Achieving this Guidance on the wearing of Sikh Articles of Faith in the workplace and public spaces by the Equalities and Human Rights Commission (EHRC) is an important step forward in recognition of the Sikh religious identity in the UK. The Sikh Missionary Society UK was represented by Gurmukh Singh (UK) in the drafting of the Equality and Human Rights Commission guidelines.

You should read this guidance if you require:

  • clarification on how the law currently applies to the wearing of Sikh articles of faith
  • examples of best practice in dealing sensitively and fairly with observers of the Sikh faith
  • a tool to strengthen good relations by promoting greater understanding between Sikhs and others
  • a guide for private and public sector organisations in terms of dignity and fairness at work, and service delivery with regards to the Sikh community, and in promoting good relations, and
  • links to other guidance on this topic
The Five Sikh Articles of Faith

Further Reading

Aim and Activities

The Aim of the Sikh Missionary Society is the "Advancement of the Sikh faith in the U.K and abroad" which is brought about by various activities:

To Produce and distribute books on the Sikh Faith in English and Panjabi, and other languages to enlighten the younger generation of Sikhs as well as non-Sikhs.

To Advise and support young students in schools, colleges and universities on Sikh issues and Sikh traditions. If you belong to an educational institution and would like more information on Sikhism please contact the Resource Centre.

To Arrange Classes, Lectures, Seminars, Conferences, Gurmat camps and the celebration of Holy Sikh Events.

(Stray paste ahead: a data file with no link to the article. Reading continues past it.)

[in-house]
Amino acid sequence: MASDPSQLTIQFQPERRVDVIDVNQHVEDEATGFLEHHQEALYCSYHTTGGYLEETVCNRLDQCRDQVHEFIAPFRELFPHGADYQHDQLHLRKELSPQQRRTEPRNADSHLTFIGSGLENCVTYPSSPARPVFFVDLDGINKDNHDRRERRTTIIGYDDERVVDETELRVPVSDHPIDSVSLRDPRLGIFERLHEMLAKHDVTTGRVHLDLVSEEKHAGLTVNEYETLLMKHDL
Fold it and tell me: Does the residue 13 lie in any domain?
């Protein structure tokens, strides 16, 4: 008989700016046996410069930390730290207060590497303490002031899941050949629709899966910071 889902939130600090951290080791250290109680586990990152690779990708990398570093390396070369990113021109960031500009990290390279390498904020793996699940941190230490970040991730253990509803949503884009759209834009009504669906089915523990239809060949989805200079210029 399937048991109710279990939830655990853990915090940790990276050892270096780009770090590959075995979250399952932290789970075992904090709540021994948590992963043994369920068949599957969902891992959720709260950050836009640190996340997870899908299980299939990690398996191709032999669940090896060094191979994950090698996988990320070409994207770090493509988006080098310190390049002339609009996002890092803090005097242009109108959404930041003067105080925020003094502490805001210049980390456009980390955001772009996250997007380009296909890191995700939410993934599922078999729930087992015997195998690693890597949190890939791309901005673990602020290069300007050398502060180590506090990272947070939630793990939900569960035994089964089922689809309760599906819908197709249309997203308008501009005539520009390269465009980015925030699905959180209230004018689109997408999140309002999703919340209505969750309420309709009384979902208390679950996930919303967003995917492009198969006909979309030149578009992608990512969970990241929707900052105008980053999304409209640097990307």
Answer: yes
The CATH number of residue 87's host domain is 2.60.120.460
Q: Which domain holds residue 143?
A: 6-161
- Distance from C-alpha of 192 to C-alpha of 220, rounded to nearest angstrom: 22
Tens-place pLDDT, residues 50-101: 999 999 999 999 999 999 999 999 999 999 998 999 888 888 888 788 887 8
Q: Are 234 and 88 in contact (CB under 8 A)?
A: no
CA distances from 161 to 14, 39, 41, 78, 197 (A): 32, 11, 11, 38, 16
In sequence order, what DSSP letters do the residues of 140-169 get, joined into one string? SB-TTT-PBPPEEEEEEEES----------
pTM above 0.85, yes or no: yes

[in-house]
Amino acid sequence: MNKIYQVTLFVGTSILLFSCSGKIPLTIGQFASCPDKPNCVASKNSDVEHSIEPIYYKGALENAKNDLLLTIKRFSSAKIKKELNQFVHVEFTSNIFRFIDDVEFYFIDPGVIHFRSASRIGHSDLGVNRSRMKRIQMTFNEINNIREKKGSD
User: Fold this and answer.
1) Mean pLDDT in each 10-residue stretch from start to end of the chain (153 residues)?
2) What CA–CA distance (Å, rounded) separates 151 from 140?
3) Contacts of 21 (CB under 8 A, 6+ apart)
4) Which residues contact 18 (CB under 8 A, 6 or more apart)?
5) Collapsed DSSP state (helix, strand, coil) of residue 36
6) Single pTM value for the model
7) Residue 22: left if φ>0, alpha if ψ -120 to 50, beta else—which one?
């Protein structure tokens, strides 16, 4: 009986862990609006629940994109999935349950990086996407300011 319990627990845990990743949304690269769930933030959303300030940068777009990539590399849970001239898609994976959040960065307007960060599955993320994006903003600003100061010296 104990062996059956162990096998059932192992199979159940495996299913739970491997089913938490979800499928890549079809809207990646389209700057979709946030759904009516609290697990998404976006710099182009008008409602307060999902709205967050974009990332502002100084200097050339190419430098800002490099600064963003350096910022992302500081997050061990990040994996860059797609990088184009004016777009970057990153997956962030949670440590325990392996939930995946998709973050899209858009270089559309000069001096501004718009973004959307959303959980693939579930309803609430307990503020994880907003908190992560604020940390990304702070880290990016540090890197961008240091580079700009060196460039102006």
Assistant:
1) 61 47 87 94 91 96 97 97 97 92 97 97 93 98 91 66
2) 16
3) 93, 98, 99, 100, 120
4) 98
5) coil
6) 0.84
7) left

To award prizes to children on the basis of their achievement and interest in the field of Sikh Faith and Panjabi Language.

To make available all Sikh Artefacts, Posters, Literature, Music, Educational Video's, DVD's and Multimedia CD-ROMs

Guru Nanak Dev Ji

The Sikh Missionary Society U.K seeks financial and other help from Sikh Sangats and Gurdwaras to meet the objectives of the Society. The Society also acts as a Sikh Resource Centre and has over 1000 life and ordinary members from all over the U.K and abroad.

Today in Sikh History:

Departments

Sikh Missionary Society (U.K.) Background

Read about the Sikh Missionary Society, its background History, activities and the managing committee. Learn more...

Resource Centre

Browse our Book, Audio and Video library and read publications and articles in our Resource Centre. Learn more...

Hall Hire

Find out more about hiring the Mata Sahib Hall for Birth, Engagement, Marriage, Akhand Path, Sehaj Path and more Learn more...

Ongoing Classes and Courses

Punjabi Classes

Learn to read, write and speak Panjabi.

To find out more about Punjabi Classes at the Sikh Missionary Society please call us (020) 8574 1902.

Times: Wednesdays 6.00 - 7.30 PM

Panjabi Class
Kirtan Class

Kirtan Classes

Learn to play and sing Kirtan

You can bring your own instruments for practice and accompaniement.

To find out more about Kirtan Classes at the Sikh Missionary Society please call us (020) 8574 1902.

Times: Wednesdays 6.00 - 8.00 pm